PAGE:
• Climatic Factors – Many of India’s poor reside in states like Bihar, Uttar Pradesh, Madhya Pradesh, Chhattisgarh, Odisha, and Jharkhand. These regions frequently suffer from natural disasters such as floods, earthquakes, and cyclones, which heavily damage agriculture.
  • Poverty Trap –

Poverty eradication programmes by the government

The Government of India launched various initiatives to eradicate poverty, provide basic amenities to poor households, promote the reduction of inequality, and find ways to lessen poverty.

  • Integrated Rural Development Programme (IRDP)—Launched in 1978-79 and expanded universally on 2 October 1980, this programme aims to assist the rural poor with subsidies and bank credit to create productive employment opportunities throughout successive plan periods.
  • Jawahar Rozgar Yojana/Jawahar Gram Samridhi Yojana – Designed to generate meaningful employment for the unemployed and underemployed in rural areas, this scheme focuses on creating economic infrastructure and community and social assets.
  • Rural Housing – Indira Awaas Yojana (IAY) – This programme provides free housing to Below Poverty Line (BPL) families in rural areas, with a primary focus on SC/ST households.
  • Food for Work Programme – This initiative aims to enhance food security through wage employment. It supplies food grains to states free of cost, though the distribution from Food Corporation of India (FCI) godowns has been slow.
  • National Old Age Pension Scheme (NOAPS) – Administered by the central government and implemented by panchayats and municipalities, this scheme provides ₹200 per month to applicants aged 60–79 and ₹500 per month to those over 80, as per the 2011–2012 Budget.
  • Annapurna Scheme – Introduced in 1999–2000, this scheme provides 10 kg of free food grains per month to senior citizens who are not covered under NOAPS and have no one to support them in their village.
  • Sampoorna Gramin Rozgar Yojana (SGRY) – The scheme aims to generate wage employment, create durable economic infrastructure in rural areas, and provide food and nutritional security for the poor.
  • Mahatma Gandhi National Rural Employment Guarantee Act (MGNREGA) 2005 – This act guarantees 100 days of employment per year to every rural household, with one-third of the jobs reserved for women. The central and state governments establish respective Employment Guarantee Funds for implementation. An unemployment allowance is given if employment is not provided within 15 days of application.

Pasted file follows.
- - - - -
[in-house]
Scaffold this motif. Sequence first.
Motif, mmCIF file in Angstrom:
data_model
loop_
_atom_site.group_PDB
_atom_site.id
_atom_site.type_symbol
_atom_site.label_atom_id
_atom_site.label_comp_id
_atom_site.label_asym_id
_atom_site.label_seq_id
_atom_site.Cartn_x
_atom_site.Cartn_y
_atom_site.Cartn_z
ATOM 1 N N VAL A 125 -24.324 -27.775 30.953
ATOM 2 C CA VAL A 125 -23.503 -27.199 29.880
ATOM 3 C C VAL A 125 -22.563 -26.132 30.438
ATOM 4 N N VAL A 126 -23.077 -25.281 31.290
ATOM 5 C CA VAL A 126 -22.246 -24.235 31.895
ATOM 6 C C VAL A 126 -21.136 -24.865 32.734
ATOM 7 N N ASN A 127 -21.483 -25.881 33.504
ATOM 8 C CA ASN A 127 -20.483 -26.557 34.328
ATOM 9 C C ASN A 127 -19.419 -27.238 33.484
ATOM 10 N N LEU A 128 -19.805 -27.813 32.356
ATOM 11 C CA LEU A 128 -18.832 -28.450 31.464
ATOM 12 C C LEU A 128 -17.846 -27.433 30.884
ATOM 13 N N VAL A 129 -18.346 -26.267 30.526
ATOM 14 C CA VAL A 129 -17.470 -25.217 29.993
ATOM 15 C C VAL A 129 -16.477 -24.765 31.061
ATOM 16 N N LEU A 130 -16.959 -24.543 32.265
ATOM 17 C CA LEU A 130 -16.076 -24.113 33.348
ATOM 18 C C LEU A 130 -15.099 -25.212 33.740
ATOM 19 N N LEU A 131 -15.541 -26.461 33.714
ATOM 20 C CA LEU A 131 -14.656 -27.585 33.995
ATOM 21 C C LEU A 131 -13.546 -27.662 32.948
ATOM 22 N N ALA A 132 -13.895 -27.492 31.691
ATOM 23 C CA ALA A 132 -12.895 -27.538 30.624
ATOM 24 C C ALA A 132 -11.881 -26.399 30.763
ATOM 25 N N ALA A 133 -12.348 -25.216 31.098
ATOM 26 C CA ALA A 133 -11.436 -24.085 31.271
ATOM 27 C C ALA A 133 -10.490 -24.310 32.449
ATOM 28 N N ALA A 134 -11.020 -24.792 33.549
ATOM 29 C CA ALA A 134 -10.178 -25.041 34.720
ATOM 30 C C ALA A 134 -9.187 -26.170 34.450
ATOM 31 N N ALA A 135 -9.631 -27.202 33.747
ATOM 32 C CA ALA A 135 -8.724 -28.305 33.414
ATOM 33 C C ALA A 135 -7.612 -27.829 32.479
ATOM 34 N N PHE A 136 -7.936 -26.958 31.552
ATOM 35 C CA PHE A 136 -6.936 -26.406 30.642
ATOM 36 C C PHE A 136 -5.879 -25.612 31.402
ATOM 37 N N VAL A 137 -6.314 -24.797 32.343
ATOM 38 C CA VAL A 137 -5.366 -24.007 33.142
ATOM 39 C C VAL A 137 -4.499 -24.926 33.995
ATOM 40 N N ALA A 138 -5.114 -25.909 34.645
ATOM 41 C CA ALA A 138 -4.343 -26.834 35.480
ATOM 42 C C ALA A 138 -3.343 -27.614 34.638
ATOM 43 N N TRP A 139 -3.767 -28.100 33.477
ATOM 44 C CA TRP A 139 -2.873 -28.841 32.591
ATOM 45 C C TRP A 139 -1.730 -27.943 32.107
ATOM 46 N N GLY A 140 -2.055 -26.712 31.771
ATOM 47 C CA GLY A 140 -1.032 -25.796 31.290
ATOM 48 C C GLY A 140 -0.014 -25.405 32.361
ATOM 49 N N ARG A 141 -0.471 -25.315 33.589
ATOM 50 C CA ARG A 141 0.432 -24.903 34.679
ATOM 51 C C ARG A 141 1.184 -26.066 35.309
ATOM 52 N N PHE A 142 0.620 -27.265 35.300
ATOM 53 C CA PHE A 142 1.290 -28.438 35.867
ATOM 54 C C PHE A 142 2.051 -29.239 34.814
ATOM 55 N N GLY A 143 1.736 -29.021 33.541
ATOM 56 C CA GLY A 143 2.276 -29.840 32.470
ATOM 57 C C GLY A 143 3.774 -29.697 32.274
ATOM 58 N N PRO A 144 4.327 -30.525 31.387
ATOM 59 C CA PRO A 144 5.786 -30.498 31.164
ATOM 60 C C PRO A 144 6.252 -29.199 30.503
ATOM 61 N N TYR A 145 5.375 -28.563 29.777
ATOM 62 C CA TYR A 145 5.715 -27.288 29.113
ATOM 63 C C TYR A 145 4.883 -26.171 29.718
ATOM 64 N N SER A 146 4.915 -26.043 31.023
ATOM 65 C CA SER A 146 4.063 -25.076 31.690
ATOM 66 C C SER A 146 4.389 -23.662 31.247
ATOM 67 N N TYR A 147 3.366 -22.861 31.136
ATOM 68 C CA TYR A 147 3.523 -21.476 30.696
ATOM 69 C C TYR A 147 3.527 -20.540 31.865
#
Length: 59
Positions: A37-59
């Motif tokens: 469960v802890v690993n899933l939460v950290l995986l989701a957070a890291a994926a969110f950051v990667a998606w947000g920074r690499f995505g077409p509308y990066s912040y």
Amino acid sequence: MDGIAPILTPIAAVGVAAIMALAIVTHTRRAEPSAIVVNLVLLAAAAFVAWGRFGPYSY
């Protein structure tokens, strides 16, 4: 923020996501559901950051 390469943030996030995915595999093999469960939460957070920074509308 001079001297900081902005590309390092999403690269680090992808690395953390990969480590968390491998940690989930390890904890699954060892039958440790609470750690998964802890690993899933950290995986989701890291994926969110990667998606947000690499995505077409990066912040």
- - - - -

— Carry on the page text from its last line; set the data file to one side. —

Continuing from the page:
• National Rural Livelihood Mission: Aajeevika (2011) – Aimed at diversifying the needs of the rural poor, this mission provides jobs with regular monthly incomes and promotes the formation of Self Help Groups at the village level.
  • National Urban Livelihood Mission (NULM) – This mission focuses on organising the urban poor into Self Help Groups, creating skill development opportunities for market-based employment, and facilitating self-employment ventures with easy credit access.
  • Pradhan Mantri Kaushal Vikas Yojana (PMKVY) – Targets fresh entrants to the labour market, especially those who have dropped out after class X or XII.
  • Pradhan Mantri Jan Dhan Yojana – Aimed at enabling direct benefit transfers of subsidies, pensions, and insurance, this scheme achieved the target of opening 1.5 crore bank accounts, focusing on the unbanked poor.

What are the reasons for the ineffectiveness of poverty alleviation programmes?

  • Integrated Rural Development Programme (IRDP)—Launched in 1978-79 and expanded universally on 2 October 1980, this programme aims to assist the rural poor with subsidies and bank credit to create productive employment opportunities throughout successive plan periods.
  • Jawahar Rozgar Yojana/Jawahar Gram Samridhi Yojana – Designed to generate meaningful employment for the unemployed and underemployed in rural areas, this scheme focuses on creating economic infrastructure and community and social assets.
  • Rural Housing – Indira Awaas Yojana – This programme provides free housing to Below Poverty Line (BPL) families in rural areas, with a primary focus on SC/ST households.
  • Food for Work Programme – This initiative aims to enhance food security through wage employment. It supplies food grains to states free of cost, though the distribution from Food Corporation of India (FCI) godowns has been slow.